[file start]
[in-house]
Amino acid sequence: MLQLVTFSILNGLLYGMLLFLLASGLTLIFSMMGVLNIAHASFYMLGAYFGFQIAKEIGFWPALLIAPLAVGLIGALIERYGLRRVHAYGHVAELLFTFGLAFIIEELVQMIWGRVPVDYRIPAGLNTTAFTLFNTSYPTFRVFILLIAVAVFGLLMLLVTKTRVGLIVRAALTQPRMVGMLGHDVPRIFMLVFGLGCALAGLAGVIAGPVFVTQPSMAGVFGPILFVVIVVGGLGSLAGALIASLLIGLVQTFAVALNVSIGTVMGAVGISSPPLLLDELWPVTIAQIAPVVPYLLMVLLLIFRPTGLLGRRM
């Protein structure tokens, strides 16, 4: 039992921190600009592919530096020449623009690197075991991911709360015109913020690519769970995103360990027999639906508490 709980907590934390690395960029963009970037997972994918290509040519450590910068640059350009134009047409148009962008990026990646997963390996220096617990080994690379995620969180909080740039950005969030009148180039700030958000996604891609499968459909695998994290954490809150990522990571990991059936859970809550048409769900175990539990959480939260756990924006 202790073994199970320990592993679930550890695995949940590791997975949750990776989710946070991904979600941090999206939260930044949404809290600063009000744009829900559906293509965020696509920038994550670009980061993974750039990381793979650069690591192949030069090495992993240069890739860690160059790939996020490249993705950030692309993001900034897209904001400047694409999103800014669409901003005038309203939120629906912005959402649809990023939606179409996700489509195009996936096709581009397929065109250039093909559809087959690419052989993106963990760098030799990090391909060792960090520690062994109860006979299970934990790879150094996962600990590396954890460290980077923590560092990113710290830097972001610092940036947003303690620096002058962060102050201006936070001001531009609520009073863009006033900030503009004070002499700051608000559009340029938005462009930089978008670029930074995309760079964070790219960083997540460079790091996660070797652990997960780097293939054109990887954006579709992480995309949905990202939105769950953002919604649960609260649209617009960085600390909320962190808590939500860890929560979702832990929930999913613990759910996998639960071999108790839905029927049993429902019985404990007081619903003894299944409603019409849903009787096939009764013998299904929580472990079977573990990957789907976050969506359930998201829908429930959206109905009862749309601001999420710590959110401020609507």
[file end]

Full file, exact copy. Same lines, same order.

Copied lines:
[in-house]
Amino acid sequence: MLQLVTFSILNGLLYGMLLFLLASGLTLIFSMMGVLNIAHASFYMLGAYFGFQIAKEIGFWPALLIAPLAVGLIGALIERYGLRRVHAYGHVAELLFTFGLAFIIEELVQMIWGRVPVDYRIPAGLNTTAFTLFNTSYPTFRVFILLIAVAVFGLLMLLVTKTRVGLIVRAALTQPRMVGMLGHDVPRIFMLVFGLGCALAGLAGVIAGPVFVTQPSMAGVFGPILFVVIVVGGLGSLAGALIASLLIGLVQTFAVALNVSIGTVMGAVGISSPPLLLDELWPVTIAQIAPVVPYLLMVLLLIFRPTGLLGRRM
């Protein structure tokens, strides 16, 4: 039992921190600009592919530096020449623009690197075991991911709360015109913020690519769970995103360990027999639906508490 709980907590934390690395960029963009970037997972994918290509040519450590910068640059350009134009047409148009962008990026990646997963390996220096617990080994690379995620969180909080740039950005969030009148180039700030958000996604891609499968459909695998994290954490809150990522990571990991059936859970809550048409769900175990539990959480939260756990924006 202790073994199970320990592993679930550890695995949940590791997975949750990776989710946070991904979600941090999206939260930044949404809290600063009000744009829900559906293509965020696509920038994550670009980061993974750039990381793979650069690591192949030069090495992993240069890739860690160059790939996020490249993705950030692309993001900034897209904001400047694409999103800014669409901003005038309203939120629906912005959402649809990023939606179409996700489509195009996936096709581009397929065109250039093909559809087959690419052989993106963990760098030799990090391909060792960090520690062994109860006979299970934990790879150094996962600990590396954890460290980077923590560092990113710290830097972001610092940036947003303690620096002058962060102050201006936070001001531009609520009073863009006033900030503009004070002499700051608000559009340029938005462009930089978008670029930074995309760079964070790219960083997540460079790091996660070797652990997960780097293939054109990887954006579709992480995309949905990202939105769950953002919604649960609260649209617009960085600390909320962190808590939500860890929560979702832990929930999913613990759910996998639960071999108790839905029927049993429902019985404990007081619903003894299944409603019409849903009787096939009764013998299904929580472990079977573990990957789907976050969506359930998201829908429930959206109905009862749309601001999420710590959110401020609507």